By Rick Miller
U.S. Sen. Kirsten Gillibrand urged the Department of Agriculture last week to expedite payments to New York dairy farmers over a failed milk insurance plan for which they paid premiums but received no benefits.
The farm bill passed last month included refunds to New York dairy farmers for the failed insurance program, but the 35-day government shutdown prevented implementation.
In a recent media call, Gillibrand, a member of the Senate Agriculture Committee, said she asked USDA officials to start implementing the farm bill at once. USDA employees began returning to work Jan. 28 following a weekend agreement to reopen the government.
“Dairy farmers in New York have been hurting for years, barely getting by,” Gillibrand said. The extremely low price of milk means many dairy farmers production costs exceed the price they get for their milk, she said. “Many have had to close down for good.”
Gillibrand said dairy farmers who paid into the milk insurance program “were ripped off by an insurance program that did nothing when they needed it.”
She said there was a sigh of relief from farmers when the refund of premiums was included in a farm bill amendment offered by Gillibrand. Then came the government shutdown. “They haven’t seen a penny of the money they are owed.”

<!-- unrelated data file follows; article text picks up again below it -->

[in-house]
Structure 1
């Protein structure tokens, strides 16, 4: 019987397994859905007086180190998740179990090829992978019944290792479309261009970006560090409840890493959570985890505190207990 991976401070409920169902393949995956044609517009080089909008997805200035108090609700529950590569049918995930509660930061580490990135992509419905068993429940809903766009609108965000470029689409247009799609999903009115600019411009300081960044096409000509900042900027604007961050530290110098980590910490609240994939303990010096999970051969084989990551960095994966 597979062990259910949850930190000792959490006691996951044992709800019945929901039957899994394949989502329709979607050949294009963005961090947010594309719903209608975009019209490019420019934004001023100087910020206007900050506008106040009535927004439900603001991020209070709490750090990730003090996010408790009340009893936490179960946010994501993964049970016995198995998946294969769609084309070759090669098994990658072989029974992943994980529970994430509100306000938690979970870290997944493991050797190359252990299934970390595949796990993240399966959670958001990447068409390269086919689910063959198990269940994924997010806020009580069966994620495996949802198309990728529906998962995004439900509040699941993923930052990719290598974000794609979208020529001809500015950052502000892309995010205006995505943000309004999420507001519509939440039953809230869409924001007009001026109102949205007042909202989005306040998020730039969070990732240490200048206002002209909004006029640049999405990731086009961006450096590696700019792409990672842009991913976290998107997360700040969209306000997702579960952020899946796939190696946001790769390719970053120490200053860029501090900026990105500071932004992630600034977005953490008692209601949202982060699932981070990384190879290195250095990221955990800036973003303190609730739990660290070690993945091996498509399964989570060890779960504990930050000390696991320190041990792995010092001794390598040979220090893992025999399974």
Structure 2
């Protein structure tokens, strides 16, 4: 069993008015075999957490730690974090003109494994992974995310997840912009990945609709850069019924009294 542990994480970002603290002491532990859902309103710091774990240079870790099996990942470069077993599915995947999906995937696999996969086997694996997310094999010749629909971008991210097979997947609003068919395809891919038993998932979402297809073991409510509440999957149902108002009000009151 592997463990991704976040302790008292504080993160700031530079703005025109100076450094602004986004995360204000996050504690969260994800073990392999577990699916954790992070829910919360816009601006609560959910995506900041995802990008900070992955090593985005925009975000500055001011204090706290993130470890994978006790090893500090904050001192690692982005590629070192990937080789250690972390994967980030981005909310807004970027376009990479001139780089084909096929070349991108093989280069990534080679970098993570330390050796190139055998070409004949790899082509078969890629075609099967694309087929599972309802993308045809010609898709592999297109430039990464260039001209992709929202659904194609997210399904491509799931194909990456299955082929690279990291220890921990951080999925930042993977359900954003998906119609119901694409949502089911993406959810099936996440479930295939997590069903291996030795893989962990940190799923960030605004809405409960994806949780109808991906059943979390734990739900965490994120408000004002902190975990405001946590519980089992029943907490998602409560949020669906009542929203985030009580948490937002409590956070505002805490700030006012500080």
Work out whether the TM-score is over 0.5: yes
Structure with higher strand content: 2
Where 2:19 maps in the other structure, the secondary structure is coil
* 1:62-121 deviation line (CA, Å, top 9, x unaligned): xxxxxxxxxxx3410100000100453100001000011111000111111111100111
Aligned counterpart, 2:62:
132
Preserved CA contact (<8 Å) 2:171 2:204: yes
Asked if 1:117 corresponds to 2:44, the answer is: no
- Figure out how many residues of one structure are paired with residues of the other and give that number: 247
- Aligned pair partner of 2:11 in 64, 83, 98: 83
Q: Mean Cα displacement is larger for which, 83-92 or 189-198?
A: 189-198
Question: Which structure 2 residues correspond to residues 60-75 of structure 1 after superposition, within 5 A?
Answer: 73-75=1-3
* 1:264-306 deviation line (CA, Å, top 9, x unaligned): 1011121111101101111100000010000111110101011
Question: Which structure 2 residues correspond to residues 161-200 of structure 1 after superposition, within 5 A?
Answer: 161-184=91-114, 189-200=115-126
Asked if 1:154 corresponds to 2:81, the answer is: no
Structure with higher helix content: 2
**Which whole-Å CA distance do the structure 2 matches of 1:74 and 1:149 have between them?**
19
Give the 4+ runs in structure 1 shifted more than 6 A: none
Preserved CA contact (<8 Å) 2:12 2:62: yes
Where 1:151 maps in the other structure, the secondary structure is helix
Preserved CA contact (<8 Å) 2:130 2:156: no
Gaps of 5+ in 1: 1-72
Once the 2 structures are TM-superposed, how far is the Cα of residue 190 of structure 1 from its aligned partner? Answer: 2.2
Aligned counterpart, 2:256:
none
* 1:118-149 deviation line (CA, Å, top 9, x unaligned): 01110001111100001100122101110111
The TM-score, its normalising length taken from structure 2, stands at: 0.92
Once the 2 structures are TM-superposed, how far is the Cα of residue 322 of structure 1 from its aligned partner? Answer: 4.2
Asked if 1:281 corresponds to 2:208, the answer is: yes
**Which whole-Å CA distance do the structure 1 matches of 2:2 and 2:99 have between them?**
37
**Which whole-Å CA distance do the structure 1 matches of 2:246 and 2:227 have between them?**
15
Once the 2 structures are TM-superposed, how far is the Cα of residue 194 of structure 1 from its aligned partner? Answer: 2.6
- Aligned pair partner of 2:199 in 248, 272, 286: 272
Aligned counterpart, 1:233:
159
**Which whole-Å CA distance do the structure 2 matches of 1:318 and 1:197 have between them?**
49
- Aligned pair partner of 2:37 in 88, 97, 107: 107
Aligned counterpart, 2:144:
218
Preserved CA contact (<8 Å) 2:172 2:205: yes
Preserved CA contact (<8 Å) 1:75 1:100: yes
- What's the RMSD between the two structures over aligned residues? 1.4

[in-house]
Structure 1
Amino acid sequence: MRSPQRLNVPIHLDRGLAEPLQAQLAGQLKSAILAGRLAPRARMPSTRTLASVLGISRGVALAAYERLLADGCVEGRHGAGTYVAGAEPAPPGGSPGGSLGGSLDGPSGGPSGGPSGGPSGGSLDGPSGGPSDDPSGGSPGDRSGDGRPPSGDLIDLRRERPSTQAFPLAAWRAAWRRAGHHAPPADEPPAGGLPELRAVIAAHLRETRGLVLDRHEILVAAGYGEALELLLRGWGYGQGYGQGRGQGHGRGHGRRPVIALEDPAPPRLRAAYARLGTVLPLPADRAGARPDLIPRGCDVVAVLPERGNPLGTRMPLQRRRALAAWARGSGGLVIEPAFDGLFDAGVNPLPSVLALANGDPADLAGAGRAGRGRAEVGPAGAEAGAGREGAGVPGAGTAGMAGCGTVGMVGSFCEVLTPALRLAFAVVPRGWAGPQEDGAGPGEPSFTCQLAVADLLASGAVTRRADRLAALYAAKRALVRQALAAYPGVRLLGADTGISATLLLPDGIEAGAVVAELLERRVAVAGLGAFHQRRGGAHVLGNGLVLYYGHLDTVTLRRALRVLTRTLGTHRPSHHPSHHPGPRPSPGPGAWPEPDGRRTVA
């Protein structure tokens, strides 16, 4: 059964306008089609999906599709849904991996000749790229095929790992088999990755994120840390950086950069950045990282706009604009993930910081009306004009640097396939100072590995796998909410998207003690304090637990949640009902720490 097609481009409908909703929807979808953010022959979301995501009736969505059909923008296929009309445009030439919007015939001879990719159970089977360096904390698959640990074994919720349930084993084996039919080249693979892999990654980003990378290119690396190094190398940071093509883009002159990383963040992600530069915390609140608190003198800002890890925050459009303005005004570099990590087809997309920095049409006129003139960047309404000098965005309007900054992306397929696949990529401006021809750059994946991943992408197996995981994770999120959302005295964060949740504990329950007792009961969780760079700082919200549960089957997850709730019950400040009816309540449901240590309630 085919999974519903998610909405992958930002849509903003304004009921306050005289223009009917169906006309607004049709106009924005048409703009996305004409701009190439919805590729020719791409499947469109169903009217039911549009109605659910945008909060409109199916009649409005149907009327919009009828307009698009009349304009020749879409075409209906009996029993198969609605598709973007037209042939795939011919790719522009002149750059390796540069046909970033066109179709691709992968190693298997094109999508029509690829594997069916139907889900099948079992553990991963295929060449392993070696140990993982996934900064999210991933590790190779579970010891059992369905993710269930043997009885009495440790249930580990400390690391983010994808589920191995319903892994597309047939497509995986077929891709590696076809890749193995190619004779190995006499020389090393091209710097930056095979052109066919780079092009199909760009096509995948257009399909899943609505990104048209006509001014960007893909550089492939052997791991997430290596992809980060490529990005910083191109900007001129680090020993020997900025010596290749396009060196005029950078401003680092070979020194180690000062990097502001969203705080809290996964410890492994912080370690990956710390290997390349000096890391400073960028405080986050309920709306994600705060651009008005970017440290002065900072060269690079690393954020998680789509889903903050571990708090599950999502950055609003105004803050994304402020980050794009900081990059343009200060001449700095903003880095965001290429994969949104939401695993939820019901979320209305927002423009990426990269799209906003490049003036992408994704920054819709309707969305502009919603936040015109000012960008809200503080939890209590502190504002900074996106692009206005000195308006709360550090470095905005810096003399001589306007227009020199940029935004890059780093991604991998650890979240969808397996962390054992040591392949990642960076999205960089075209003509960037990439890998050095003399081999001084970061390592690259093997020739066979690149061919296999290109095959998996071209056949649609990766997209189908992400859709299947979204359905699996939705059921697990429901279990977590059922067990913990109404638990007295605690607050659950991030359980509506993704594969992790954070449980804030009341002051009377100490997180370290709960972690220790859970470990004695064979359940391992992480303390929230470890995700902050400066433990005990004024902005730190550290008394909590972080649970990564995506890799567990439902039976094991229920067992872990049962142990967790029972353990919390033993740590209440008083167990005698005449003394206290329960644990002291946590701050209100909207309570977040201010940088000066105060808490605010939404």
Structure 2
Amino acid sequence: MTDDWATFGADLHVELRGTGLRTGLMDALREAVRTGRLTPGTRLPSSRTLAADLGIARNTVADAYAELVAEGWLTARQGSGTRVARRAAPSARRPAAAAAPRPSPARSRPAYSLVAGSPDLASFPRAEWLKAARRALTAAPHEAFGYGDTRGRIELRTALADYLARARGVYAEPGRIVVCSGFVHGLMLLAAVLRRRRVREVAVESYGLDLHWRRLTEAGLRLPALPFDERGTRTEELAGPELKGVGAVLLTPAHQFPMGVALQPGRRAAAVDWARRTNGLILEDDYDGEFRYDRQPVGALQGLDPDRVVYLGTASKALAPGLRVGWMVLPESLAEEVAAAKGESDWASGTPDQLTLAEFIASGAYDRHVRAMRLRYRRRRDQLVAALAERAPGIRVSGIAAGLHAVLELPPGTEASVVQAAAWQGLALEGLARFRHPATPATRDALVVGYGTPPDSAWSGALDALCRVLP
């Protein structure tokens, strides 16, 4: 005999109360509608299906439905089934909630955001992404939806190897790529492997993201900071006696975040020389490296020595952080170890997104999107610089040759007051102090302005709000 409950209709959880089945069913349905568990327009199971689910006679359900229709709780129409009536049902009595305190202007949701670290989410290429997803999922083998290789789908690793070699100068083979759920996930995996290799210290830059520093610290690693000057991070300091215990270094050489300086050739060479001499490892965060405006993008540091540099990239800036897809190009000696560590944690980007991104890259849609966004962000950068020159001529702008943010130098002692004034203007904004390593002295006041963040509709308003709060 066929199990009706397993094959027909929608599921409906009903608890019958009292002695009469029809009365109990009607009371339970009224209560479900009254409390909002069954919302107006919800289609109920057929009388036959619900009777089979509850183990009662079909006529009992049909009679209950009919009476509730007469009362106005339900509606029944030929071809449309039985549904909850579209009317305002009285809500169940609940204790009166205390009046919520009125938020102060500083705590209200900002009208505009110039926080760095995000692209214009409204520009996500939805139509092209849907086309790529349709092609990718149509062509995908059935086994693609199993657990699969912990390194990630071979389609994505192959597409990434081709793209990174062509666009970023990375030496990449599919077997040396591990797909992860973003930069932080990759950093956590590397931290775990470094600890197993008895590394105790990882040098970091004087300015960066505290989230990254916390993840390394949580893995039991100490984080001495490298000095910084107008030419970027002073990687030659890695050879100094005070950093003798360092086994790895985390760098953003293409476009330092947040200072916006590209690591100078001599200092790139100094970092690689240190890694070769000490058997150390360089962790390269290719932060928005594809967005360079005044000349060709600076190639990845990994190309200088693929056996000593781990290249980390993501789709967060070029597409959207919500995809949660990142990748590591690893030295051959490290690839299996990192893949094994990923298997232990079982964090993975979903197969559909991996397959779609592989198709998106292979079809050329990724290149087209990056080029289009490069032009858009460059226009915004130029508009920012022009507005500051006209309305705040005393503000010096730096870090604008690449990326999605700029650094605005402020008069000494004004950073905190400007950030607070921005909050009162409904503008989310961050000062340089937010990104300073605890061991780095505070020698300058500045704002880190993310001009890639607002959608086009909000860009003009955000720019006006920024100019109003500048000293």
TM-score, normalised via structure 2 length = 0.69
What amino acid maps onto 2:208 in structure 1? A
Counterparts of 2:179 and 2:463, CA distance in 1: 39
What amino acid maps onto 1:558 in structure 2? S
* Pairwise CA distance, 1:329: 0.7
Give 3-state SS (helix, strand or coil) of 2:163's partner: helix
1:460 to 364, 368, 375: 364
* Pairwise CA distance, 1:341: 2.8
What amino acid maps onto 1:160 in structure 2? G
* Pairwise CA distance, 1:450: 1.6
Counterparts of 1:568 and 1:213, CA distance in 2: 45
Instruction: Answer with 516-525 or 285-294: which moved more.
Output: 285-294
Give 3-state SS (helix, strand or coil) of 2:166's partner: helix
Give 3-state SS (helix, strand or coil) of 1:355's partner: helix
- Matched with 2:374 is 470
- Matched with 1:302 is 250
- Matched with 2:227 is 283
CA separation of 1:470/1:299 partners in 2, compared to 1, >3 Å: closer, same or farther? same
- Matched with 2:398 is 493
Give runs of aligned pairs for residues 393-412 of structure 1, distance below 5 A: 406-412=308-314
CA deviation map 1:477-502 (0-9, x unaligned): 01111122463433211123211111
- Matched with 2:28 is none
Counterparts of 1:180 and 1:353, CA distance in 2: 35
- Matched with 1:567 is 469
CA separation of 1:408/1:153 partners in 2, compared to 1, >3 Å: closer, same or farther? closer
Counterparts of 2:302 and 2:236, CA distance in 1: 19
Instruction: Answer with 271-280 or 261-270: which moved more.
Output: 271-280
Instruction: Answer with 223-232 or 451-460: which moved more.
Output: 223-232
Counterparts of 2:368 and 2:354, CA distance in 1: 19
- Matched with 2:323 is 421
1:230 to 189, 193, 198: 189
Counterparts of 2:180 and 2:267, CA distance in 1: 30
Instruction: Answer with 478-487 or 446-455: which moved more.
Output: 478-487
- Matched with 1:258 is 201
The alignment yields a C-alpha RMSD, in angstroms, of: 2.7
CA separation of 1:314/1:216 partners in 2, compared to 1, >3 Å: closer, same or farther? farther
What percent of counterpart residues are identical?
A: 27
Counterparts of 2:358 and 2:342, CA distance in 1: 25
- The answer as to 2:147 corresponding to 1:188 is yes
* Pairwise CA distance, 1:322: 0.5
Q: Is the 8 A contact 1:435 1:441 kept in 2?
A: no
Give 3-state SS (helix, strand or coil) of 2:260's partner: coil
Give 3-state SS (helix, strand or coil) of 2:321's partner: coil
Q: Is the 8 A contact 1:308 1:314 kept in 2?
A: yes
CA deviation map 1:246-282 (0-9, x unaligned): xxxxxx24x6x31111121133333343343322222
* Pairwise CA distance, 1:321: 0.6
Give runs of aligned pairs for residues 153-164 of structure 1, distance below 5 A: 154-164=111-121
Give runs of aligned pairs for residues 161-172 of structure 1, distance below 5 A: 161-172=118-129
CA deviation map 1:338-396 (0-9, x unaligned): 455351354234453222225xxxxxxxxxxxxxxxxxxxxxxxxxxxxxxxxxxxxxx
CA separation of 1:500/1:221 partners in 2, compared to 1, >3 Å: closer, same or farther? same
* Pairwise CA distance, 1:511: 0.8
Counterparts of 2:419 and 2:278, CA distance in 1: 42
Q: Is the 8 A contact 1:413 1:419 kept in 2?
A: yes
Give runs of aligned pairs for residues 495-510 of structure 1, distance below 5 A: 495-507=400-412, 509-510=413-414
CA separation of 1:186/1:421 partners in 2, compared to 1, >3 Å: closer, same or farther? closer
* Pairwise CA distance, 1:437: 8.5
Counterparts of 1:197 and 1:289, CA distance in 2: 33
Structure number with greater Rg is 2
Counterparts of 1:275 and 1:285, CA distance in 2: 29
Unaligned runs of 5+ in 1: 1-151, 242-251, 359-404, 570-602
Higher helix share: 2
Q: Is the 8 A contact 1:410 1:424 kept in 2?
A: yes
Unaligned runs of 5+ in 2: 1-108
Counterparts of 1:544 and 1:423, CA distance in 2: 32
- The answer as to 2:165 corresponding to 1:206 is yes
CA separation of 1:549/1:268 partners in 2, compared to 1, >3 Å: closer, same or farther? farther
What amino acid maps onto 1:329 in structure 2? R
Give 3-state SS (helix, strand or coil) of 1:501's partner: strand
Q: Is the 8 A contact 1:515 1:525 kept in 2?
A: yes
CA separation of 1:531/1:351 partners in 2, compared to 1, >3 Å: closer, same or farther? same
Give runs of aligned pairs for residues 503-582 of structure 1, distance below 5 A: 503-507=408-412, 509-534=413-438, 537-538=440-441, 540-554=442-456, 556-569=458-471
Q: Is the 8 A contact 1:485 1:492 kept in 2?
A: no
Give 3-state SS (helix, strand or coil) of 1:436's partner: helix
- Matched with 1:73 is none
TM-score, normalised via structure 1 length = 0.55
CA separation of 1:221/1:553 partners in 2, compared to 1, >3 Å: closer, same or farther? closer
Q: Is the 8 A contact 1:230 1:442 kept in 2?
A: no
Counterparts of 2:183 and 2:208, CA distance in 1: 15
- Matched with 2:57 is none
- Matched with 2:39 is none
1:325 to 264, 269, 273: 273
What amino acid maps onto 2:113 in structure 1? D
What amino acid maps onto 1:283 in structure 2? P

She called on USDA officials to begin implementing provisions of the farm bill. Dairy farmers are “waiting and expecting a payment from USDA,” the senator added. “This money couldn’t come soon enough.”
They need to know how much their payment will be and when they will receive it, Gillibrand said. “They need it to make plans” and spring planting is coming.
Farmers need to start enrolling now in the new Dairy Margin Coverage Program, the senator said. “This new program will do a much better job of helping farmers when necessary.”
Gillibrand said, “There’s a lot of money in the farm bill for other programs,” expressing concern that USDA needs to gear up for that after the shutdown as well. She cited conservation programs that protect soil and water and rural broadband for example as programs that were not being implemented.
Gillibrand said the farm bill programs that have been held up for the past five weeks were the victim of a “political stunt” by President Trump. The president’s trade war “continues to create trouble for dairy and vegetable farmers,” she added.
Asked whether her time on the Democratic Presidential Primary trail would impact her representing her New York constituents in the Senate, Gillibrand replied: “I intend to serve people in the Senate well.”
In addition to being the first New York senator in more than 40 years to serve on the Agriculture Committee, Gillibrand is a member of the Armed Services Committee.